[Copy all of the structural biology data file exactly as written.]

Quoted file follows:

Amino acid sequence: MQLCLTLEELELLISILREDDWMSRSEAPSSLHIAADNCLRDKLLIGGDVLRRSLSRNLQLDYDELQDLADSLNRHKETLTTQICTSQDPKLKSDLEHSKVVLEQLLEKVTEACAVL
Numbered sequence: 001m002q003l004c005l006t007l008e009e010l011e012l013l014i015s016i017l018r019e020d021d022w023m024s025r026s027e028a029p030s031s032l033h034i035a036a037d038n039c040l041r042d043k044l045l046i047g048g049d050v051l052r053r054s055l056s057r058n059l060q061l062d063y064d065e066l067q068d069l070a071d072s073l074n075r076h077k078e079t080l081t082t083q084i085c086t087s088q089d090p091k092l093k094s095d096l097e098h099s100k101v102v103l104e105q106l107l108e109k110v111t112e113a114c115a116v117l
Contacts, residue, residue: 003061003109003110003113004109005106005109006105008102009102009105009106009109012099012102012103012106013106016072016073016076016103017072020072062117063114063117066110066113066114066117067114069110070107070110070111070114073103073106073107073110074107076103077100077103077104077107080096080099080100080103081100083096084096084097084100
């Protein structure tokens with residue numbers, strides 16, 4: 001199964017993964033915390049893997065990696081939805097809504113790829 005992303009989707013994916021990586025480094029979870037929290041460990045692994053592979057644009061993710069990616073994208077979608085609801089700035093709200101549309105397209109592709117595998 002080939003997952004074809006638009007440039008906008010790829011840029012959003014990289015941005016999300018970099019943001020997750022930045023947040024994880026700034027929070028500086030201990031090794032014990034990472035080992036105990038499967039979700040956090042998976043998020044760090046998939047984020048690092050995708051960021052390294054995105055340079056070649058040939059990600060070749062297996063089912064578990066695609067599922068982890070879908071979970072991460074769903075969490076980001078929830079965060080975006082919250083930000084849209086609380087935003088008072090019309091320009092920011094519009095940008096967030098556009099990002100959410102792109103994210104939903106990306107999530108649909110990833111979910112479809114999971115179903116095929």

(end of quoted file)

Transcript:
Amino acid sequence: MQLCLTLEELELLISILREDDWMSRSEAPSSLHIAADNCLRDKLLIGGDVLRRSLSRNLQLDYDELQDLADSLNRHKETLTTQICTSQDPKLKSDLEHSKVVLEQLLEKVTEACAVL
Numbered sequence: 001m002q003l004c005l006t007l008e009e010l011e012l013l014i015s016i017l018r019e020d021d022w023m024s025r026s027e028a029p030s031s032l033h034i035a036a037d038n039c040l041r042d043k044l045l046i047g048g049d050v051l052r053r054s055l056s057r058n059l060q061l062d063y064d065e066l067q068d069l070a071d072s073l074n075r076h077k078e079t080l081t082t083q084i085c086t087s088q089d090p091k092l093k094s095d096l097e098h099s100k101v102v103l104e105q106l107l108e109k110v111t112e113a114c115a116v117l
Contacts, residue, residue: 003061003109003110003113004109005106005109006105008102009102009105009106009109012099012102012103012106013106016072016073016076016103017072020072062117063114063117066110066113066114066117067114069110070107070110070111070114073103073106073107073110074107076103077100077103077104077107080096080099080100080103081100083096084096084097084100
């Protein structure tokens with residue numbers, strides 16, 4: 001199964017993964033915390049893997065990696081939805097809504113790829 005992303009989707013994916021990586025480094029979870037929290041460990045692994053592979057644009061993710069990616073994208077979608085609801089700035093709200101549309105397209109592709117595998 002080939003997952004074809006638009007440039008906008010790829011840029012959003014990289015941005016999300018970099019943001020997750022930045023947040024994880026700034027929070028500086030201990031090794032014990034990472035080992036105990038499967039979700040956090042998976043998020044760090046998939047984020048690092050995708051960021052390294054995105055340079056070649058040939059990600060070749062297996063089912064578990066695609067599922068982890070879908071979970072991460074769903075969490076980001078929830079965060080975006082919250083930000084849209086609380087935003088008072090019309091320009092920011094519009095940008096967030098556009099990002100959410102792109103994210104939903106990306107999530108649909110990833111979910112479809114999971115179903116095929």